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Old 08-09-2013, 11:36   #1
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Cracked fiberglass hding tank

We have an integral fiberglass holding tank where the top area surrounding the access port experienced a large delaminating crack/ separation of material caused by internal pressure. Is this fixable with epoxy sealing or does it need to be grinded and glassed? Concerned with grinding given access issues and large area. When pressure subsided separated glass fit back into place.
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Old 08-09-2013, 11:38   #2
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Re: Cracked fiberglass hding tank

frozen tank or hard grounding?
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Old 08-09-2013, 11:49   #3
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Internal pressure from clogged air vent and electric flush pump. Similar to freezing I suppose.
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Old 08-09-2013, 12:31   #4
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Re: Cracked fiberglass hding tank

I had to repair mine a few years ago. I sanded with 80 grit, epoxied the edges, then reinforced with glass cloth and glass tape. It was a little unpleasant sanding but not really too bad. Of course I waited until completely dry. you might get by with just epoxying the delamination, but you should contemplate would it be strong enough if the event happens again.
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Old 08-09-2013, 12:38   #5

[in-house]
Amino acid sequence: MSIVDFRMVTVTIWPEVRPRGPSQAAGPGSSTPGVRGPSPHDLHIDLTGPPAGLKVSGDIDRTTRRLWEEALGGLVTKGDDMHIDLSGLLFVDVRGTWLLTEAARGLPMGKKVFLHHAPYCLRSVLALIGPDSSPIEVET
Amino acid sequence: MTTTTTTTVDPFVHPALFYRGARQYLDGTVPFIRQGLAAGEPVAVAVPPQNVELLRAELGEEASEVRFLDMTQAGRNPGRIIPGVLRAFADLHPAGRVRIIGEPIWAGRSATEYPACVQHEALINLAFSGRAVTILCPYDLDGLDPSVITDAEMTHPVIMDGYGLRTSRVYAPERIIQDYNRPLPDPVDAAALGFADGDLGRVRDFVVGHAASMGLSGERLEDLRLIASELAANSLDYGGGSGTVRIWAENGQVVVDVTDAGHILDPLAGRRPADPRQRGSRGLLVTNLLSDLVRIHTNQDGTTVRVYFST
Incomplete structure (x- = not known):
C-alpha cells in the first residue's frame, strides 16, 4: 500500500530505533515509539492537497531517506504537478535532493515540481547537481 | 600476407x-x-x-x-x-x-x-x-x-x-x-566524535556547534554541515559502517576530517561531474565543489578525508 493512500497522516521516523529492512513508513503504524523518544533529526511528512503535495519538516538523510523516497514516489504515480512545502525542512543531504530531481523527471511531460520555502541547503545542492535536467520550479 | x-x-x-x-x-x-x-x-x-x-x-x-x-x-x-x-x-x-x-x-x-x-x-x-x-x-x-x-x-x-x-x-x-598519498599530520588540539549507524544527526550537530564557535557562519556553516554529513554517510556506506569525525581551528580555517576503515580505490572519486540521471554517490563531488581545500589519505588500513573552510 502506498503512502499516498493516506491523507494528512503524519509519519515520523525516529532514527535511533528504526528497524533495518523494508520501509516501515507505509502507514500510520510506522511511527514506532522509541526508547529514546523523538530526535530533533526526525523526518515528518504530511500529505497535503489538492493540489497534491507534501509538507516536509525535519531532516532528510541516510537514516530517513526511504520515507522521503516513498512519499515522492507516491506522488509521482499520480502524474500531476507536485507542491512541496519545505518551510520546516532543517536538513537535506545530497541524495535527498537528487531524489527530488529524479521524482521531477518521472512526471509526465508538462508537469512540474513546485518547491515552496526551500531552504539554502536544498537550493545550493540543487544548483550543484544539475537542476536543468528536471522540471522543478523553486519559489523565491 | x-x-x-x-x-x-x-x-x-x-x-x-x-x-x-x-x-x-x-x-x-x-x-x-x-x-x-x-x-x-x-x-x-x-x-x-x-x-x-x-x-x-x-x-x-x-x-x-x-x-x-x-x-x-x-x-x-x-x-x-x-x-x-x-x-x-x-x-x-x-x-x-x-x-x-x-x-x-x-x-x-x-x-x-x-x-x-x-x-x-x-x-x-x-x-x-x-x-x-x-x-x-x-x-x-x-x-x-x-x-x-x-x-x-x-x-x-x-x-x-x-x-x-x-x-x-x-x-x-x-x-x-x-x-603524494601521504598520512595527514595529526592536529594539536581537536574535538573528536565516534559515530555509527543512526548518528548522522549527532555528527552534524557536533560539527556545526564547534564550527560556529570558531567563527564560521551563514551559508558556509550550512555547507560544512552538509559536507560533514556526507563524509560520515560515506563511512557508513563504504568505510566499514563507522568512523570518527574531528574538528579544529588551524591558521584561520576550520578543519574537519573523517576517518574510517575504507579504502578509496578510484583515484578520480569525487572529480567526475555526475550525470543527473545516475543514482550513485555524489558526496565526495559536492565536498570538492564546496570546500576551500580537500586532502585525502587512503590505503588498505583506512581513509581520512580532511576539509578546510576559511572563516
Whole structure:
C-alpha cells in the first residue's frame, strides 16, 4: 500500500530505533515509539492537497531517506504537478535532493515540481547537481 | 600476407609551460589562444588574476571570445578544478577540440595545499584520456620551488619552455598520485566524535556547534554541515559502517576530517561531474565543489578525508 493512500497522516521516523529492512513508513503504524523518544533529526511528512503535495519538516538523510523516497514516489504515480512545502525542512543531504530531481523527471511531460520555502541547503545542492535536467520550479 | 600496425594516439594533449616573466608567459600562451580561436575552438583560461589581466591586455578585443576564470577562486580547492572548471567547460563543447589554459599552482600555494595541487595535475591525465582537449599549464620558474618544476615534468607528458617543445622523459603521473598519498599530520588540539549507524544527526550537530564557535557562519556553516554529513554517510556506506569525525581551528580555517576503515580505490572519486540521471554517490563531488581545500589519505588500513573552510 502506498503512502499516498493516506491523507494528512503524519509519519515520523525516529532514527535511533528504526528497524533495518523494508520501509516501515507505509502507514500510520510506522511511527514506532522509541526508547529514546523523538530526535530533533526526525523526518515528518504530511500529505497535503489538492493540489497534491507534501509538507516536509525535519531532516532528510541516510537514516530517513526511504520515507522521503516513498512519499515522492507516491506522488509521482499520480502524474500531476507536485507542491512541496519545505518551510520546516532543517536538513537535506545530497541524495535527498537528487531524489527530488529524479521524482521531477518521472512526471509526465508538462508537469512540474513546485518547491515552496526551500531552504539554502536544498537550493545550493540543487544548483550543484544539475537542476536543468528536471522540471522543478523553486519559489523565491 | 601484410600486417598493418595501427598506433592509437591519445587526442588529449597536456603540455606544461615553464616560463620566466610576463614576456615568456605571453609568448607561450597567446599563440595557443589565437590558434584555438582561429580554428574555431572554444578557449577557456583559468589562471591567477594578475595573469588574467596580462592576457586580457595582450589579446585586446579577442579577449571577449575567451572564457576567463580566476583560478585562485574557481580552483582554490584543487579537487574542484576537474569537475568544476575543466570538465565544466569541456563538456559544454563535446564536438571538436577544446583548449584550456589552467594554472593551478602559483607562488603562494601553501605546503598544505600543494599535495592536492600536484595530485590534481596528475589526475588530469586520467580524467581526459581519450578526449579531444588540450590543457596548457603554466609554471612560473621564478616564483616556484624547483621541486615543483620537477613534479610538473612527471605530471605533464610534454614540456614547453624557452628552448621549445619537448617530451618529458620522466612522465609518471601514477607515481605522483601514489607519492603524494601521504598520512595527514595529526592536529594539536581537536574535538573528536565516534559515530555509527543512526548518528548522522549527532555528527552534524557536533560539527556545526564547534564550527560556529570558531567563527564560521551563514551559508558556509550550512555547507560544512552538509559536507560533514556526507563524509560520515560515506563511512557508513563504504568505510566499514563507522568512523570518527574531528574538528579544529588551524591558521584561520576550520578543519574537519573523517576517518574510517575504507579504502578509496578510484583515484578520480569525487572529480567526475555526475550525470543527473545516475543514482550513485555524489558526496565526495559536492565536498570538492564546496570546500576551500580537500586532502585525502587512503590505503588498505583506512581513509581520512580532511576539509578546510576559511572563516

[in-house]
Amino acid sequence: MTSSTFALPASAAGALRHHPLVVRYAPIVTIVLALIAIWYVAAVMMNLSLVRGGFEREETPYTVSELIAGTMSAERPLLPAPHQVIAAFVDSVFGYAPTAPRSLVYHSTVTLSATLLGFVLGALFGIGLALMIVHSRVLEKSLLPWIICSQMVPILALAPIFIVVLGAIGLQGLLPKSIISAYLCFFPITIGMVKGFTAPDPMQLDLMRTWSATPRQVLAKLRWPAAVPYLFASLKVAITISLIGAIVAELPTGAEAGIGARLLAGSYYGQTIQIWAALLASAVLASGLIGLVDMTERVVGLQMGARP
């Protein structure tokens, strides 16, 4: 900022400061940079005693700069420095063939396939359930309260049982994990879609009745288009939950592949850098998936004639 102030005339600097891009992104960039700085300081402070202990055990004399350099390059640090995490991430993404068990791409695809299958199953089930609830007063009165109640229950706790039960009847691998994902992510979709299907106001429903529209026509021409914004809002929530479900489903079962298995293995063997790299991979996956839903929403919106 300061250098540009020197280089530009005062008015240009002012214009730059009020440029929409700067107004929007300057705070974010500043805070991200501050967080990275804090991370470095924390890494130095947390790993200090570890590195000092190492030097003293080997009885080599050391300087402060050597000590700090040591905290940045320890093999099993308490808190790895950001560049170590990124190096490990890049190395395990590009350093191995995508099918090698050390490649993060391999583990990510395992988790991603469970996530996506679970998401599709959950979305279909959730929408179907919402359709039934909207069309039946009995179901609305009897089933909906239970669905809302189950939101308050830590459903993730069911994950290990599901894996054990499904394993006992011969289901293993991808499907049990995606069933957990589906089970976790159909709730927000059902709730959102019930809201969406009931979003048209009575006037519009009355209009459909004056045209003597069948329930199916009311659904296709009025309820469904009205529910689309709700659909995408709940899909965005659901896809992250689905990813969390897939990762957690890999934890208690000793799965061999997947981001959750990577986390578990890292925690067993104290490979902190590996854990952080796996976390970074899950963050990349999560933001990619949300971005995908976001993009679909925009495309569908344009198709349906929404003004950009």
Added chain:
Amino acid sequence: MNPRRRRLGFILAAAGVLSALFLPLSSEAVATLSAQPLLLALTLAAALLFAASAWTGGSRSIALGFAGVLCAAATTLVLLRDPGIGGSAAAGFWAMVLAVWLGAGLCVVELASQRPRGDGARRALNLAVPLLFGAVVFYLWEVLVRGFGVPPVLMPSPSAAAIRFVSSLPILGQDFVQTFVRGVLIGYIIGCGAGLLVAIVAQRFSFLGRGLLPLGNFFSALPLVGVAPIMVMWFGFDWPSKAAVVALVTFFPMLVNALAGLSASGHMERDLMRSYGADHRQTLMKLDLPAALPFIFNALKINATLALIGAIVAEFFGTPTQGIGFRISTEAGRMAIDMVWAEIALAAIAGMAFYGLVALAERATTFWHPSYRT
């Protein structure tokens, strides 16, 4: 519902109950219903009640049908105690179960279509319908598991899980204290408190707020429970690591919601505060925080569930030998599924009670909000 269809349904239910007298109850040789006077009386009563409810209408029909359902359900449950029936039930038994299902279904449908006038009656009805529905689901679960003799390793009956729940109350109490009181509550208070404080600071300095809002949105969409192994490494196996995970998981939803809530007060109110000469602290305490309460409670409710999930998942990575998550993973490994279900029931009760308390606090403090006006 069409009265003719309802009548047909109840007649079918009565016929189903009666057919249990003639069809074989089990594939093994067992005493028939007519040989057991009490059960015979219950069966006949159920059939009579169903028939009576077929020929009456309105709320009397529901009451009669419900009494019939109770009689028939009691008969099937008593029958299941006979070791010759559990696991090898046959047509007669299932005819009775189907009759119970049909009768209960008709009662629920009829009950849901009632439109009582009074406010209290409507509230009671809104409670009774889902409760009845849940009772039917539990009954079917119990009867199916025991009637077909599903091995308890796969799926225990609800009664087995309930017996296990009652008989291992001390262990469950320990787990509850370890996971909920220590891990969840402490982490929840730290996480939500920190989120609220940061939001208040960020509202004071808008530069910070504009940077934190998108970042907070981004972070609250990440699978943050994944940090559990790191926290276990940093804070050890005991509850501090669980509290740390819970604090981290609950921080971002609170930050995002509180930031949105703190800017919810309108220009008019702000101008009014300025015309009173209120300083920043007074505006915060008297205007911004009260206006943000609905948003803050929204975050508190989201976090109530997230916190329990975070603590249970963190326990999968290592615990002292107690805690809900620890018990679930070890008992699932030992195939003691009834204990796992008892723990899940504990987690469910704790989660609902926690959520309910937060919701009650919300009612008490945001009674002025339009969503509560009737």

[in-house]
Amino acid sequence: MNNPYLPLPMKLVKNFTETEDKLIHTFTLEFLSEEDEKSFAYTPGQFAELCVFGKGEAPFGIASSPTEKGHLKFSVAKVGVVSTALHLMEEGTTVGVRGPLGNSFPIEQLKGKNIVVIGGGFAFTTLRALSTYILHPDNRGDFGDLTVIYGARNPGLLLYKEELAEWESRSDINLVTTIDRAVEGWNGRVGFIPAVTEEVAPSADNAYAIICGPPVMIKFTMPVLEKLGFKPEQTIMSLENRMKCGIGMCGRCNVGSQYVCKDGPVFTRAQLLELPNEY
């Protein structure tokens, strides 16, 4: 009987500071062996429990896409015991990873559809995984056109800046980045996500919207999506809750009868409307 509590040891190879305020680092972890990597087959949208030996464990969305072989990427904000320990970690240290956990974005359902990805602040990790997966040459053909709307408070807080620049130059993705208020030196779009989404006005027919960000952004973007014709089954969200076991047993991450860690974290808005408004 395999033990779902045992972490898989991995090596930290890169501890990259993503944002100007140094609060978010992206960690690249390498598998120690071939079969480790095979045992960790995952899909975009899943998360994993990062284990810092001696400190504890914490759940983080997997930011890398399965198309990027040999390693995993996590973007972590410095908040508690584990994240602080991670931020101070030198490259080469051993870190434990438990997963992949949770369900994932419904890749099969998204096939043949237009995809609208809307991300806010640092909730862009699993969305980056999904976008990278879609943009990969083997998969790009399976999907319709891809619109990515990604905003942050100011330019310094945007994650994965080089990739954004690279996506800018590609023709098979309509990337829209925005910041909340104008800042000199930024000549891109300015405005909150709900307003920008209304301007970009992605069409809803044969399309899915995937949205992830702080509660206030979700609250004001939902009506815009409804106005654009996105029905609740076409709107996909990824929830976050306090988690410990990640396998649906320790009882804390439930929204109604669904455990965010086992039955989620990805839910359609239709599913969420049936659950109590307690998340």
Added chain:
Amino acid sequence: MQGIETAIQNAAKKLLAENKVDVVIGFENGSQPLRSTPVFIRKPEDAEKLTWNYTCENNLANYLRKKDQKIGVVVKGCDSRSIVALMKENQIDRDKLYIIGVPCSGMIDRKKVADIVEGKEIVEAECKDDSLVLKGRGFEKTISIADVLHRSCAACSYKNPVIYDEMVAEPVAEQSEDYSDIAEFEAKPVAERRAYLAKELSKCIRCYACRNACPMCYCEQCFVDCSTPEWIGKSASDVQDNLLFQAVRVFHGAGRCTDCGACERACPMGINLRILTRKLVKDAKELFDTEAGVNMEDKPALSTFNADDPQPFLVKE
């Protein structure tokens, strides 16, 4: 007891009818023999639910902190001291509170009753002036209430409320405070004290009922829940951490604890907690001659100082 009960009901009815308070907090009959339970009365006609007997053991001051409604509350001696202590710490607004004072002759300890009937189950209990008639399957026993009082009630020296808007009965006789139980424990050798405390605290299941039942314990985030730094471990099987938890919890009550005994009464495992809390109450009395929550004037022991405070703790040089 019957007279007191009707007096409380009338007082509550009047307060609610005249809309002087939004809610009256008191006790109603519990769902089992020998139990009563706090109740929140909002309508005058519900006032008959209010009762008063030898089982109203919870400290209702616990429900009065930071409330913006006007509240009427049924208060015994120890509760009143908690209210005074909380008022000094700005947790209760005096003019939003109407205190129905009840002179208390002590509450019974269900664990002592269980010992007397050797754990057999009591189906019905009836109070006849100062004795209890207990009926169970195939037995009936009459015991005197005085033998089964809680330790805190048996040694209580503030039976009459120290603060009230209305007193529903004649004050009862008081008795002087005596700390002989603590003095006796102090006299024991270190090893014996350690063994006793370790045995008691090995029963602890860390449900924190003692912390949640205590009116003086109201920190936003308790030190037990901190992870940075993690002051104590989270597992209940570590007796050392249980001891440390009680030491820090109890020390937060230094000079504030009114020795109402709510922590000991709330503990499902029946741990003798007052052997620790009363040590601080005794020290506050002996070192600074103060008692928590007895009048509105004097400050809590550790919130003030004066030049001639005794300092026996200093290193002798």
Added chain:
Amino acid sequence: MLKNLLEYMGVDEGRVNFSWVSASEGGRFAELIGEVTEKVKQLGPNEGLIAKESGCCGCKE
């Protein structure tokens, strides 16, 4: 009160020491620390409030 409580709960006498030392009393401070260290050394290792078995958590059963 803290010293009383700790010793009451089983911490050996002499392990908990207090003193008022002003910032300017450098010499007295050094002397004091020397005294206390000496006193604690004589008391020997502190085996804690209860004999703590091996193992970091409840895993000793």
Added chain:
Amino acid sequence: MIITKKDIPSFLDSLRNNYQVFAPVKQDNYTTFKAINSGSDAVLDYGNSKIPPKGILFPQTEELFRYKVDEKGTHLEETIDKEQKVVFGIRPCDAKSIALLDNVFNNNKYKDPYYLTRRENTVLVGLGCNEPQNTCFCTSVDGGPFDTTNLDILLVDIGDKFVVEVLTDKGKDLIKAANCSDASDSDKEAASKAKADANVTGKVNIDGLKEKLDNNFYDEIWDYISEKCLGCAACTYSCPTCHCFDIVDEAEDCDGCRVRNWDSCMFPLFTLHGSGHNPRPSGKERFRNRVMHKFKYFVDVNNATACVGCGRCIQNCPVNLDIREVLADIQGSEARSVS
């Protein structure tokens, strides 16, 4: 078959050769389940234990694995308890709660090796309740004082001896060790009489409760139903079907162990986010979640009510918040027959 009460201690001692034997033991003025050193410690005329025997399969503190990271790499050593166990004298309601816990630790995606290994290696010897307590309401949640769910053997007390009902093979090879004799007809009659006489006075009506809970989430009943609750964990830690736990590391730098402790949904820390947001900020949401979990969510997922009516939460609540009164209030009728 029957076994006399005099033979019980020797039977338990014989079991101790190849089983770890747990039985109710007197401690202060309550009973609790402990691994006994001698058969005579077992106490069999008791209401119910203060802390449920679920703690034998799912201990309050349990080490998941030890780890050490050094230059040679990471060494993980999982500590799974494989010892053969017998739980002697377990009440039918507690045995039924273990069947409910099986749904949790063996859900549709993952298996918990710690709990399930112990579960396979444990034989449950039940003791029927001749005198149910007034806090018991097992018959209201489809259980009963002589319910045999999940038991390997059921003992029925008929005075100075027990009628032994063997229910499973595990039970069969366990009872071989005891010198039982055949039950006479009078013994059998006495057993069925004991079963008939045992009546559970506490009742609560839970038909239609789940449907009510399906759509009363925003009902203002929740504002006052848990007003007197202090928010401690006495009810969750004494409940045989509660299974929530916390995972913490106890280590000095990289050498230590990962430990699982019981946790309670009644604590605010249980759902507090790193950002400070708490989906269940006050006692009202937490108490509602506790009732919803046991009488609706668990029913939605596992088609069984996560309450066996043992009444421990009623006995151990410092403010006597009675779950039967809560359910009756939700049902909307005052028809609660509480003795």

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That is pretty much exactly what I was thinking. Did you use west system epoxy? If so, which number. Thanks for the input
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Old 08-09-2013, 12:41   #6
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Re: Cracked fiberglass hding tank

It will most definetly crack again if you just seal it with epoxy. You must also use glass. You can buy 3 -4" wide glass tape that should do it.
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Old 08-09-2013, 12:46   #7
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Re: Cracked fiberglass hding tank

believe it or not, you can use JB weld. sand the area, coat liberally. i used it on powerboat manifolds.
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Old 08-09-2013, 12:50   #8
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Re: Cracked fiberglass hding tank

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believe it or not, you can use JB weld. sand the area, coat liberally. i used it on powerboat manifolds.
I am a big fan of JB, I sealed a cracked exhaust manifold with it 15 years ago and its still holding. However, it will not work in theis application. The OP said integral FRP tank. This tank will flex, expand and contract with temperature and pressure. Think of plastering a dry wall joint in a house without using drywall tape .... it just won't last.